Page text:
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tv   CBS Evening News  CBS  February 20, 2016 6:30pm-7:01pm EST

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>> axelrod: breaking news from nevada, where cbs news now projects a win for hillary clinton in today's democratic caucuses. republicans are casting votes in south carolina, where polls will close just about 30 minutes from now. the emotional farewell to supreme court justice antonin scalia. the harrowing final words from the doomed ship "el faro." >> the clock is ticking. >> axelrod: and a suburban village deploying big-city surveillance tactics. is this the town that knows too much? captioning sponsored by cbs this is the "cbs evening news." >> axelrod: good evening. i'm jim axelrod. we begin with a campaign 2016 update from nevada where cbs news projects hillary clinton has defeated bernie sanders in
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today's democratic caucuses. have a look at the numbers as the count continues at this point, clinton with 52% to sanders' 48%. on the republican side, polls close in south carolina in half an hour at 7:00 eastern time. we have both contests covered, starting with nancy cordes and the democrats in las vegas. nancy. >> reporter: jim, this is a huge relief for the clinton camp after a brutal loss in new hampshire a week and a half ago. clinton herself took the stage here at caesar's palace in las vegas about 15 minutes ago. take a listen to what she had to say. >> i want to thank each and every one of you. you turned out in every corner of the state with determination and purpose. hotel and casino workers who never wavered. ( cheers and applause ) tens of thousands of men and women with kids to raise, bills to pay, and dreams that won't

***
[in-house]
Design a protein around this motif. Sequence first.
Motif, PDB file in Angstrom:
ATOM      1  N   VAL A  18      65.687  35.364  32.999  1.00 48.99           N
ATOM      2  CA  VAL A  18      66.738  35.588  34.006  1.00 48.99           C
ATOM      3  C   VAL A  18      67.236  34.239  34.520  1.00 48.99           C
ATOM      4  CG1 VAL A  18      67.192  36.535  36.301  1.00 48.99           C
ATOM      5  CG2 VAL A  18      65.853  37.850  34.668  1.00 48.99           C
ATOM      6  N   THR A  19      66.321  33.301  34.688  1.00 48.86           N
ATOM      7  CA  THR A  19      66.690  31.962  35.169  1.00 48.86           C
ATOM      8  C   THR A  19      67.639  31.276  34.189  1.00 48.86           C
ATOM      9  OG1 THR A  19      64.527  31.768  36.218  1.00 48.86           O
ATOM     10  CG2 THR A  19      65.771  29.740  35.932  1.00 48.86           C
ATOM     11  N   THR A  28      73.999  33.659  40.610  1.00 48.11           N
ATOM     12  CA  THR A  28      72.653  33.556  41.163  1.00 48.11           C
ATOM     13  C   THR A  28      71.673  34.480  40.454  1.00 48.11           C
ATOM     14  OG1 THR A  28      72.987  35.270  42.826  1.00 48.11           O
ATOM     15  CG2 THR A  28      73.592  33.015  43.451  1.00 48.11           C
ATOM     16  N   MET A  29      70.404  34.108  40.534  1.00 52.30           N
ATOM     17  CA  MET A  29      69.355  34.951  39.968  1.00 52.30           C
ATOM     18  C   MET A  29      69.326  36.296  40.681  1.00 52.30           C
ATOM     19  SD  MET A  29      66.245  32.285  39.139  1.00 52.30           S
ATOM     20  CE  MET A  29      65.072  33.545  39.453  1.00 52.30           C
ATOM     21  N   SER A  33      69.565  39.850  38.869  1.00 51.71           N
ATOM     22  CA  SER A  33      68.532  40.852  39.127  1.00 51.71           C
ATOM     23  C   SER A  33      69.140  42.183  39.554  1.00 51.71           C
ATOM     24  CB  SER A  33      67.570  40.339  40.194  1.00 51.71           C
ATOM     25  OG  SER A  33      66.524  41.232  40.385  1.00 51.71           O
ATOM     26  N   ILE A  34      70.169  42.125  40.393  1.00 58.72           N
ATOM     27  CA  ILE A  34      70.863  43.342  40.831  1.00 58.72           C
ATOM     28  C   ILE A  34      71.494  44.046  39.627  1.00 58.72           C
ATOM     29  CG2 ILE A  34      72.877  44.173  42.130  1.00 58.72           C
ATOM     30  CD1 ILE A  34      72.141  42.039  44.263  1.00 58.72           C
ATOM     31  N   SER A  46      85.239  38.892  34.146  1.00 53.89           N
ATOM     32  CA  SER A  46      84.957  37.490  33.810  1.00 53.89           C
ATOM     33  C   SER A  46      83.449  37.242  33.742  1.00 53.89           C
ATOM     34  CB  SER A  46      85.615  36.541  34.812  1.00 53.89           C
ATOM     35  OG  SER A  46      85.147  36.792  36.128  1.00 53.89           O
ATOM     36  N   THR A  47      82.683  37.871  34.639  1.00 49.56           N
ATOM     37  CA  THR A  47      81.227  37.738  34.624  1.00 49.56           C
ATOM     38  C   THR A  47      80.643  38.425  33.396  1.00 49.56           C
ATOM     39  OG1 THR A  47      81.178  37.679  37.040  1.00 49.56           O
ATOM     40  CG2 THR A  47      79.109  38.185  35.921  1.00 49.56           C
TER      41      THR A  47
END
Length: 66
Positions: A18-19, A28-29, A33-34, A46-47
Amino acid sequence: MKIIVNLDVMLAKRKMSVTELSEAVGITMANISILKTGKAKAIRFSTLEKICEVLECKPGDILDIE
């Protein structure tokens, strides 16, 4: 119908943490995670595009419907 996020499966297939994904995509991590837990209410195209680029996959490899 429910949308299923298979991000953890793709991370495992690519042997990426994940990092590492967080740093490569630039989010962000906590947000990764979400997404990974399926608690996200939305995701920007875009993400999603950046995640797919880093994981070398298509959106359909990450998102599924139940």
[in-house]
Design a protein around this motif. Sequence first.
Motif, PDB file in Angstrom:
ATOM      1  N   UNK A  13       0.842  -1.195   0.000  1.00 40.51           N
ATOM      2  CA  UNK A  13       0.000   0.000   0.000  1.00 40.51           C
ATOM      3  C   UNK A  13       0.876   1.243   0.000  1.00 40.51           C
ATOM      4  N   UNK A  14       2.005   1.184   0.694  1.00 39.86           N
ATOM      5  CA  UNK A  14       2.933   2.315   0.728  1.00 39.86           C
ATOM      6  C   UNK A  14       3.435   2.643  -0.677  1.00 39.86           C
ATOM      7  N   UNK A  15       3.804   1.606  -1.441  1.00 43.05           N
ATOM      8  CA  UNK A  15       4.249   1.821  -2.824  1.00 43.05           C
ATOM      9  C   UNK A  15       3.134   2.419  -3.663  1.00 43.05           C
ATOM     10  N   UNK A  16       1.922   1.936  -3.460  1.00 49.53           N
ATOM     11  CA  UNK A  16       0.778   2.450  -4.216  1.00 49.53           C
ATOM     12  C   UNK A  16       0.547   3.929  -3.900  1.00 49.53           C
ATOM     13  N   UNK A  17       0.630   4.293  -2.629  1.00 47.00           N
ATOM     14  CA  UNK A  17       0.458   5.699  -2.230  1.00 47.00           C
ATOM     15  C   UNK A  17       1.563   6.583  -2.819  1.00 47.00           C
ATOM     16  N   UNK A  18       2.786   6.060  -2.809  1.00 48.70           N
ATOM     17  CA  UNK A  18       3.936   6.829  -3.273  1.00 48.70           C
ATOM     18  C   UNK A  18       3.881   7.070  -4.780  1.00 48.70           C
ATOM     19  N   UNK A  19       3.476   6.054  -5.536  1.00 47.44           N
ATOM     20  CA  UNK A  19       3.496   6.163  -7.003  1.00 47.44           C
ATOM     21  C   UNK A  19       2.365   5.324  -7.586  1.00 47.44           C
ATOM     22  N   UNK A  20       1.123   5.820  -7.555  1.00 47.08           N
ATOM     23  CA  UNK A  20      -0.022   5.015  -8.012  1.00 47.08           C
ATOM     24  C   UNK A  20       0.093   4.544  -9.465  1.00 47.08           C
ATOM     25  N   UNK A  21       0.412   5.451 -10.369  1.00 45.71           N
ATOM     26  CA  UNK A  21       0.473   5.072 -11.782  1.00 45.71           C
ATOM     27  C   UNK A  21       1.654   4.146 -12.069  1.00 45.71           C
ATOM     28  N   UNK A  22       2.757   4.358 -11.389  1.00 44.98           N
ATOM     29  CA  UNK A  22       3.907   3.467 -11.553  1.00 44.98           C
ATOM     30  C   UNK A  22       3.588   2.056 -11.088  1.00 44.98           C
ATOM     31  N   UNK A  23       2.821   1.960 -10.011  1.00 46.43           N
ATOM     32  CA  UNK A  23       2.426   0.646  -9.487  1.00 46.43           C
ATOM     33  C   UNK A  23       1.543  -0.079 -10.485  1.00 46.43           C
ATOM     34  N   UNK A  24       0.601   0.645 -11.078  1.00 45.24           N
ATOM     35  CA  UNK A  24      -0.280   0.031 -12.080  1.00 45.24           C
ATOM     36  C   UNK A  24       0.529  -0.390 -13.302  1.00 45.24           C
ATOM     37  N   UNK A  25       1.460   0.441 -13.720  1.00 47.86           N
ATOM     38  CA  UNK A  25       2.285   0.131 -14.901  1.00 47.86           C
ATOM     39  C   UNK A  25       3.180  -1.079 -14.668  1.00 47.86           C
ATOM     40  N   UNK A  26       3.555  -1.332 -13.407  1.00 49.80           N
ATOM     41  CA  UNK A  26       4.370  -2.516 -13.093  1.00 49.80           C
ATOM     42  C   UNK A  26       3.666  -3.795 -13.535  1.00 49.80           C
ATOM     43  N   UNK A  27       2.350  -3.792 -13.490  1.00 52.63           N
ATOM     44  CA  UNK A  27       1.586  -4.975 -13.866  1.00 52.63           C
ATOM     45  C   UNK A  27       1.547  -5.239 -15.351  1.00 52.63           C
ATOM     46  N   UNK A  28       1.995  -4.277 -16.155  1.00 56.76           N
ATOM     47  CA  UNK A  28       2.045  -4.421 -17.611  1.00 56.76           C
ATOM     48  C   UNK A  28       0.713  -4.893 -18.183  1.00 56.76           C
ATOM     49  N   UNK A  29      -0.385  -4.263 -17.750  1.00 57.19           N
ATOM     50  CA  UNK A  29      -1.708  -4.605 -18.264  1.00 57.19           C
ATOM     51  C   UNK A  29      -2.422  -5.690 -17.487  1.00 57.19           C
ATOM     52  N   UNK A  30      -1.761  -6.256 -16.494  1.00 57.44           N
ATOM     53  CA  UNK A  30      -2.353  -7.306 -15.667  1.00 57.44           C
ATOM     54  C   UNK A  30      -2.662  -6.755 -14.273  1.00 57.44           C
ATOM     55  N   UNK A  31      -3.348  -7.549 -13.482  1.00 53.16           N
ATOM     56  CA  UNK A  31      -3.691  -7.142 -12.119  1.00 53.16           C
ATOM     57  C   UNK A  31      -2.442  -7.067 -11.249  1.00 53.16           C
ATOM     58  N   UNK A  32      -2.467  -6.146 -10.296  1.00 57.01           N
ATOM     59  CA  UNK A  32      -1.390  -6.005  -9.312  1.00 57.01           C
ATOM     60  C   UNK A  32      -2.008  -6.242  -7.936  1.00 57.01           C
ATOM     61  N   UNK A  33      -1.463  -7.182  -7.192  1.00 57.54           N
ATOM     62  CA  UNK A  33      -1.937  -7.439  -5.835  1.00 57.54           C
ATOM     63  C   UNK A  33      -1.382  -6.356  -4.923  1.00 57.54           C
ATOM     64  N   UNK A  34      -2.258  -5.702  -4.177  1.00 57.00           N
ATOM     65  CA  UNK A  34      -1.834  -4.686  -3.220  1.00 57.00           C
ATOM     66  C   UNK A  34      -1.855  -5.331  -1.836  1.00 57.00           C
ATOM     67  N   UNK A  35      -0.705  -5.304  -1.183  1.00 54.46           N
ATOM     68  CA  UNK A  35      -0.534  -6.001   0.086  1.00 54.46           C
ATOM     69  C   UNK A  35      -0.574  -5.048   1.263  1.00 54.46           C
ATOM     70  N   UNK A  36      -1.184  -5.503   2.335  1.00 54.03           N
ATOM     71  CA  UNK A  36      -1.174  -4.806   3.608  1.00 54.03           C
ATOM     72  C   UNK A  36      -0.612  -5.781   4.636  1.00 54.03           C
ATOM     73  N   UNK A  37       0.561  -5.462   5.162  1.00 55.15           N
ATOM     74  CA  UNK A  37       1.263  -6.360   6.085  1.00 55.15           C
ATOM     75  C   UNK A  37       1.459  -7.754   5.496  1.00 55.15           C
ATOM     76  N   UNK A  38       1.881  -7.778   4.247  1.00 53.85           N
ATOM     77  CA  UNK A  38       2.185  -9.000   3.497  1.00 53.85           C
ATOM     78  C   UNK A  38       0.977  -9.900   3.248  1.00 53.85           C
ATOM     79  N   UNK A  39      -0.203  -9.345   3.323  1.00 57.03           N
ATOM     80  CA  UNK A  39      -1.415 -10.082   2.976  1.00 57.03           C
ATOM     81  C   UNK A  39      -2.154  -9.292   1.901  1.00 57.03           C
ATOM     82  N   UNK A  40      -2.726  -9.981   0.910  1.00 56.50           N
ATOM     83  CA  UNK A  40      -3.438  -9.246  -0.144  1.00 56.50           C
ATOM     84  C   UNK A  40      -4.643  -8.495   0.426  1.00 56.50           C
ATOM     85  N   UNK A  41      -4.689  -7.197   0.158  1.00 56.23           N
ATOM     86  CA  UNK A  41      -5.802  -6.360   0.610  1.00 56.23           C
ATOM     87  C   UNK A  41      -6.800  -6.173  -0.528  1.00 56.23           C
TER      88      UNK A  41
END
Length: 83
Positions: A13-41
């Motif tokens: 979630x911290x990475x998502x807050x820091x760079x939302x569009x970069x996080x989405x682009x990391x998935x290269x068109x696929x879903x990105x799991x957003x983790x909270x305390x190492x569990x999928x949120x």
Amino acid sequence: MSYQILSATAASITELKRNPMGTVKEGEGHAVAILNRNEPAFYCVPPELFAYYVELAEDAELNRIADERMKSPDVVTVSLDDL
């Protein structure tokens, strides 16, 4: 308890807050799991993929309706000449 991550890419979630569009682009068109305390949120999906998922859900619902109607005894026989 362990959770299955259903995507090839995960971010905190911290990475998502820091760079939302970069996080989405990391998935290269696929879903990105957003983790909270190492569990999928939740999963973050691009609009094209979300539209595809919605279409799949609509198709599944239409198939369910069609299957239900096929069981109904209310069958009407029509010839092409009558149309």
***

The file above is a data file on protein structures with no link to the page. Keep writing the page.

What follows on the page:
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die. this is your campaign. ( applause ) and it is-- ♪ ♪ >> reporter: in a statement, senator sanders said, "i just spoke to secretary clinton and congratulated her on her victory here in nevada. i am very proud of the campaign we ran. five weeks ago we were 25 points behind, and we ended up in a very close election." and, indeed, the clinton camp got a big scare earlier this week when polls showed her huge longtime lead had essentially evaporated. but she really barnstormed the vegas strip over the past couple of days, meeting with casino workers and dish washers and maids. in fact, we attended a caucus here at caesar's earlier today. we met a maid who had met hillary clinton twice in the past week, and it really seems like that geographical focus here in las vegas paid off for clinton. here is the big group, though, that clinton has to thank for her victory-- women. according to our entrance polls, they broke for clinton 51% to